From that moment of baptism, I knew we were in for some fun and challenging adventures.

I managed to walk over to the tire that hung off a corner of the dock and pulled myself up.  My one and only boot-camp the weekend before departure came to mind.  I have a full appreciation of doing push-ups and pull-ups at the money bars now.

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Cancun Arrival – Day 1

July 16th, 2011 No comments

After 3 months of planning and negotiating over phone and emails, Kay Li and I arrive in Cancun, Q.Roo Mexico.  It’s much

When we left Toronto it was raining, and we arrived to a sunny humid warmth that quickly put smiles on our faces!

greener than I imagined Mexico to be.  The last time I was in Mexico, it was for a week-long vacation at an all-inclusive resort with a girlfriend from Kitimat.  It was April of 1998 and Sonora Bay, Mexico was a desert with an American singles resort.  On that trip I learned to scuba dive and water-ski, and fell head-over-heels for a boy who was the first person I had ever met from Manhattan.  A year and a half later, I moved to New York City.  I have no expectations for this trip.  On the eve of my departure from Vancouver I was feeling very anxious; completely irrational but very understandable.

We are greeted in Cancun by a patient and friendly man from the resort where we will be staying.  He holds a sign with my name and above my name is the name Jesus.  I didn’t catch the last name.  Wonderful, I think.  Jesus has finally arrived and he is staying at our hotel.  How convenient, my mother will be so pleased!  The driver of the van which transports us to our hotel speaks little English and I learn in these first 20 minutes that I can understand more Spanish than I thought.  He is friendly and offers us advice and recommendations on how to save money on a day trip to Chichen Itza.

As soon as we arrive, we are greeted by an American host who goes over information about all the facilities to which we have access.  Out of habit I go to take my own luggage to our room and I am gently remind that they have staff to do that for us.  “Sorry,” offering a classic Canadian apology, “I’m so used to always carrying my own bags.”  He seems not at all surprised by my response and smiles.  “Would you like to see our Mexican elevator?”  he asks as he guides us to our room.  “Oh, what’s a Mexican elevator?” I say with enthusiastic curiousity.  “Here,” as we turn the corner and approach the stairs.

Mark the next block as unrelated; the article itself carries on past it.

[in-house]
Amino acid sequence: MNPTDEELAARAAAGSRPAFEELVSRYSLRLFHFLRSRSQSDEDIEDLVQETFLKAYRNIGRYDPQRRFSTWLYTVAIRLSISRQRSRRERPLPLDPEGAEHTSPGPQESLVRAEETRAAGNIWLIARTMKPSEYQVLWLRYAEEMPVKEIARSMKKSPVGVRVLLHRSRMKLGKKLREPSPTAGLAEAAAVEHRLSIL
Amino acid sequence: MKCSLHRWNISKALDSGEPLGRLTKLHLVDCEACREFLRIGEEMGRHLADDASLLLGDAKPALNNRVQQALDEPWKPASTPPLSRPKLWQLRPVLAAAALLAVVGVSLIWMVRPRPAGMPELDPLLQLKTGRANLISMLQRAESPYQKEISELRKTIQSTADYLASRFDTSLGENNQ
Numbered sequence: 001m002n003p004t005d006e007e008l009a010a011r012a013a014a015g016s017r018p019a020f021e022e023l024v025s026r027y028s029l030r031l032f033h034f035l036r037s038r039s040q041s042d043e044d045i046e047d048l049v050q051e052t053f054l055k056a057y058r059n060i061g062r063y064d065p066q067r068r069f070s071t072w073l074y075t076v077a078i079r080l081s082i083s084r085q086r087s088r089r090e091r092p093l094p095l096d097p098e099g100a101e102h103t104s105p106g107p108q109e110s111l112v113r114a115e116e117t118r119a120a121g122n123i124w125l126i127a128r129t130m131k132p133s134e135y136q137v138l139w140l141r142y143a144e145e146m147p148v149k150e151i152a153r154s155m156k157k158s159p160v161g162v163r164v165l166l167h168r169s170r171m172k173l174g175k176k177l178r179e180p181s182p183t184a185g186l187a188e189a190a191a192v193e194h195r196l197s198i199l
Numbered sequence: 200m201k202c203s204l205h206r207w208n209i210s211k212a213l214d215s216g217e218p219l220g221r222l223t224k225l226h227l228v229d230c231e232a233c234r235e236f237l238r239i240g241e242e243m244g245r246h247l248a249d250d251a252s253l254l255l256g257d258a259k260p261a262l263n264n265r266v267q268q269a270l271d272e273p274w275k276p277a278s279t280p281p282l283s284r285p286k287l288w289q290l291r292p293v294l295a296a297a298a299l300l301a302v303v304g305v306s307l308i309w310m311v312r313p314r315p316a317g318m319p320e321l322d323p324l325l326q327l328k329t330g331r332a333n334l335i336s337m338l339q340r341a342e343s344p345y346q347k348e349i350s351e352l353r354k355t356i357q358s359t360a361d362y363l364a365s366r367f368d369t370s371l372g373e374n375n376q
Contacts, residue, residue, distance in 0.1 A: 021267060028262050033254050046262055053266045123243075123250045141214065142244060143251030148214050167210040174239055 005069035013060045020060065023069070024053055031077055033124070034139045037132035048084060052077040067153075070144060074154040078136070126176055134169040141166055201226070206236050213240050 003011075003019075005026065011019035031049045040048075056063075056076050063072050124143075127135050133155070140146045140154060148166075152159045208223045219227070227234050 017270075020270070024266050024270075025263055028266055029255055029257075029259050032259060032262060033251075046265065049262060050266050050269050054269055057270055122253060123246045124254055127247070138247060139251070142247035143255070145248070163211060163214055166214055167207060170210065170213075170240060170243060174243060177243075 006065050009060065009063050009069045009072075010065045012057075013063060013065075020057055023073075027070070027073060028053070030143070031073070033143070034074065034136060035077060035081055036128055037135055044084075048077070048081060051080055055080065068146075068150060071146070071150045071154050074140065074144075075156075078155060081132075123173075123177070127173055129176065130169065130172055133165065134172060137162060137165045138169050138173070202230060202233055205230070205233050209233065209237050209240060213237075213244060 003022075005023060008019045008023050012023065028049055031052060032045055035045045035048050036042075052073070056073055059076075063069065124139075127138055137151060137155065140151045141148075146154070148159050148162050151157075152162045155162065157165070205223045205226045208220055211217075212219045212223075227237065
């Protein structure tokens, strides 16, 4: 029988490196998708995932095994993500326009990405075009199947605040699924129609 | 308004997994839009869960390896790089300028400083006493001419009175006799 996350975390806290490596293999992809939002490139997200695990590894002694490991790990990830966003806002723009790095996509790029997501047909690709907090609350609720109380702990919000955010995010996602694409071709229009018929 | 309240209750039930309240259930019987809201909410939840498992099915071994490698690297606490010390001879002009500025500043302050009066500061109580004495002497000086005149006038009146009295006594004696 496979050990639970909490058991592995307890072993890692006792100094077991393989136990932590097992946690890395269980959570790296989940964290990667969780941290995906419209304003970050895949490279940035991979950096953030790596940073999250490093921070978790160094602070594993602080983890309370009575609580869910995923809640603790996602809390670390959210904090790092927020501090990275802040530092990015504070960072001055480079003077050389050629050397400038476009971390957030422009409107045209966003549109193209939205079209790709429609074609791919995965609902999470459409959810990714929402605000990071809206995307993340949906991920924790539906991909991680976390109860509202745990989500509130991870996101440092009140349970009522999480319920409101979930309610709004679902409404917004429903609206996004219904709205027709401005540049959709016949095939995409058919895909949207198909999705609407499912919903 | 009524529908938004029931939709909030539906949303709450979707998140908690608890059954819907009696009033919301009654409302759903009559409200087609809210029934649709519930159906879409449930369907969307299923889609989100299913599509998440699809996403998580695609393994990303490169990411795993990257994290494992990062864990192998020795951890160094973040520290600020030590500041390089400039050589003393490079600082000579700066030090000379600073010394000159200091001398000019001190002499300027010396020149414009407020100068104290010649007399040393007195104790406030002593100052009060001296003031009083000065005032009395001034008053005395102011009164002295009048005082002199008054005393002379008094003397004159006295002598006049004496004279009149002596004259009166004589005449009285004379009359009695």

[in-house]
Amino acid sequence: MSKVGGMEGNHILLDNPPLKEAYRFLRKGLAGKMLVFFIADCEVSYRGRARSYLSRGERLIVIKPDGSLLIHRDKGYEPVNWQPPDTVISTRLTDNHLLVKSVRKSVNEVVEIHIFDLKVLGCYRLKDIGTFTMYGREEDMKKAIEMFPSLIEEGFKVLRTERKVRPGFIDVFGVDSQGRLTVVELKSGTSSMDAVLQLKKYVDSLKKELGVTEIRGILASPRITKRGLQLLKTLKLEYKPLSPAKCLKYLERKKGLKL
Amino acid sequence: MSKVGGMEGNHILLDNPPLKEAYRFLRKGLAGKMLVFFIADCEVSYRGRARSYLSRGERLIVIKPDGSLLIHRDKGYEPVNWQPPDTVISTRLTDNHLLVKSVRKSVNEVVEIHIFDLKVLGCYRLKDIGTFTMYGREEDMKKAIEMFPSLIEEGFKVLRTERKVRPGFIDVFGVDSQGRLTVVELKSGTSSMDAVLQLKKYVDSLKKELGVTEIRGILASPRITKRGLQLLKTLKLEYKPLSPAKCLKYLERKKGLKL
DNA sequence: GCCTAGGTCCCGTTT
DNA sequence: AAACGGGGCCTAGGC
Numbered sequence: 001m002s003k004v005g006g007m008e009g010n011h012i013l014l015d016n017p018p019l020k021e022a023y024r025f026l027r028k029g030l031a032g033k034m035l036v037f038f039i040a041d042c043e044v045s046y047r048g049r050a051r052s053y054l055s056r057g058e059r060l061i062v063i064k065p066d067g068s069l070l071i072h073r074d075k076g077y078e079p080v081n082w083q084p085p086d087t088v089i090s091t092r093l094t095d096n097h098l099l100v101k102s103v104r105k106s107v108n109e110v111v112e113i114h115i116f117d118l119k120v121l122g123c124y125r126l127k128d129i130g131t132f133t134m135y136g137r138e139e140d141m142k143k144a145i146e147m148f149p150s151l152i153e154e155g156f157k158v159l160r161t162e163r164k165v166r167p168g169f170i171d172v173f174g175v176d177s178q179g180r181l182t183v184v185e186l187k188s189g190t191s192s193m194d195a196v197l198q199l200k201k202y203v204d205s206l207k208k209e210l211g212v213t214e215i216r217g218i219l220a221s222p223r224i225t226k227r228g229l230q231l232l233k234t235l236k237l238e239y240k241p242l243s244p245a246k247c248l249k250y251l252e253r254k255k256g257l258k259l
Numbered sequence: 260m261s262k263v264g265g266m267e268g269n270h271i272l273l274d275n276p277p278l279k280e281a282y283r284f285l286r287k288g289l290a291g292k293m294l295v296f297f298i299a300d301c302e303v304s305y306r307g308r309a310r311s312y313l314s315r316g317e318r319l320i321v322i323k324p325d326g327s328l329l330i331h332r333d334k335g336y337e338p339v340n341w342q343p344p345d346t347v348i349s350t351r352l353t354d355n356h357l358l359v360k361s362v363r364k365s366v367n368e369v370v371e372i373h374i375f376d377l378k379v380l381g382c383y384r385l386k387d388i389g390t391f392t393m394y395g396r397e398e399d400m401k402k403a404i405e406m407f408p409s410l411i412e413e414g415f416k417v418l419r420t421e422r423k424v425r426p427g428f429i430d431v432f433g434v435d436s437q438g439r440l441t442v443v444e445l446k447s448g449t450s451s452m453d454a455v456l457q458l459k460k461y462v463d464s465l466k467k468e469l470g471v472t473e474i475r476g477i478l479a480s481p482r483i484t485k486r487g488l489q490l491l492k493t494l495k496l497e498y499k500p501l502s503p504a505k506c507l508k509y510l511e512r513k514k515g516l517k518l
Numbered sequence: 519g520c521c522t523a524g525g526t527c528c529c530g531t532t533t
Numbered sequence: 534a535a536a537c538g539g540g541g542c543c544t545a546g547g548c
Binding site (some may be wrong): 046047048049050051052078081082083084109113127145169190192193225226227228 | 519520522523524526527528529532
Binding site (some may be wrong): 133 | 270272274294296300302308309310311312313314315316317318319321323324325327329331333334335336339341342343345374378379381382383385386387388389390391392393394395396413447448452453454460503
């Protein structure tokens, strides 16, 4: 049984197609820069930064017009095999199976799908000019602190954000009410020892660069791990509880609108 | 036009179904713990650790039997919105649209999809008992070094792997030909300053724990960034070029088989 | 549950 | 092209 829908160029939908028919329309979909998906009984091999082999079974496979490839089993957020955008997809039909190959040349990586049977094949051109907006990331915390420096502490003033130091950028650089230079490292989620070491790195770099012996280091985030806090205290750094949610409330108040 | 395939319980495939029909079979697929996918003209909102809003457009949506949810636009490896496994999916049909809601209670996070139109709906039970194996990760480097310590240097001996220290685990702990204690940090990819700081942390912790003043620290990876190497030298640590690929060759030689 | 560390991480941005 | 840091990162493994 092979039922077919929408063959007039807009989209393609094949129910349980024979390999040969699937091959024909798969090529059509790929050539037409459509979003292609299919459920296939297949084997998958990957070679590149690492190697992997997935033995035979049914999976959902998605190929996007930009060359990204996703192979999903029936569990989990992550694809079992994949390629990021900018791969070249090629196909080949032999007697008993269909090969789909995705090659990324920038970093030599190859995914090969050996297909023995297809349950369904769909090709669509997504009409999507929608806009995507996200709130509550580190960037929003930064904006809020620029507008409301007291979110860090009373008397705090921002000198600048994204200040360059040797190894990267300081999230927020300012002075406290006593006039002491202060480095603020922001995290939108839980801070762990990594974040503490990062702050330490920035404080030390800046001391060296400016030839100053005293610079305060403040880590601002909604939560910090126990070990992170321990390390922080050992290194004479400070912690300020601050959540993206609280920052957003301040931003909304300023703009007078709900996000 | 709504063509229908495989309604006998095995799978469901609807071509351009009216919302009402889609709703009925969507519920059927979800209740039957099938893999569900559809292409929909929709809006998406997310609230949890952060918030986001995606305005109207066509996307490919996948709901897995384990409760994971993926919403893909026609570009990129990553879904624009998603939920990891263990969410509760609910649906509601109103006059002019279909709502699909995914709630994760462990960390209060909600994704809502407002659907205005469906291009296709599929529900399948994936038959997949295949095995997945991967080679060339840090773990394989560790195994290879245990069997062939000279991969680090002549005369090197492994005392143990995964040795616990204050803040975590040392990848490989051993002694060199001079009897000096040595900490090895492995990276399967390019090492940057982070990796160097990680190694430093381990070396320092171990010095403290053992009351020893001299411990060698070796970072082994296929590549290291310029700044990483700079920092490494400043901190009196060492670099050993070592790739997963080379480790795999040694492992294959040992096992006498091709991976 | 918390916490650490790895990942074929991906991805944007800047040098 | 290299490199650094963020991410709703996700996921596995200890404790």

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Whale shark warm-up

June 23rd, 2011 No comments

The journey towards my power animal clan of whale sharks has begun!  On June 21st I reunited with my friend Kay Li from Kuala Lumpur, and we spent the evening with my cousin in Toronto, walking along Bathurst, Spadina, and up to Queens.  We discovered the deluxe chocolate maker Soma on the eve of coming down to Mexico towards the origins of the Mayans who invented chocolate?

This is not a travel blog entry in a proper way because I do not have the facilities to properly upload the photos that are recent.  That will need to wait till I return home and am willing to spend time at a computer for more than a few minutes.  This really is a little note to say, tune in soon for the whale shark adventure post and pictures of whale sharks, mayan ruins, and other colourful Yucatecan delights. 

It is warm and humid, the way my body fondly remembers.  I love you, Vancouver, but you’ve been giving me the cold shoulder for a bit too long.  See you here again soon!

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Walking through Manila’s history

June 10th, 2011 No comments

Just when I thought I knew my Filipino history, a remarkable walking tour experience in Vancouver enlightens me on Philippine history and where my love for all things eclectic, comes from.  Toronto’s Kapisanan Philippine Centre for Arts and Culture, in collaboration with Vancouver’s Tulayan (meaning bridge in Tagalog) brought us Carlos Celdran’s famous walking tour, “If These Walls Could Talk.”

Despite the highly charged streets full of Canucks fans honking and hooting, it seemed nothing could detract from our focus on Celdran’s charismatic delivery of anecdotes and historical narrative.  Complete with images of colonial Manila, local architecture as backdrop, and music, the audience was shown Manila’s history through the Spanish and American colonial eras, right through WWII and linking to our present day identity as Filipinos around the world.  While 99% of the audience was of Filipino heritage, it is a cultural experience relevant to anyone interested/willing to understand the role of Manila as the “Pearl of the Orient”, and a community that is shaping Vancouver culture.  As the 3rd largest visible minority group in Vancouver, it is a course on this culture’s history that is long overdue!

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When pretty shoes could use some pretty wheels.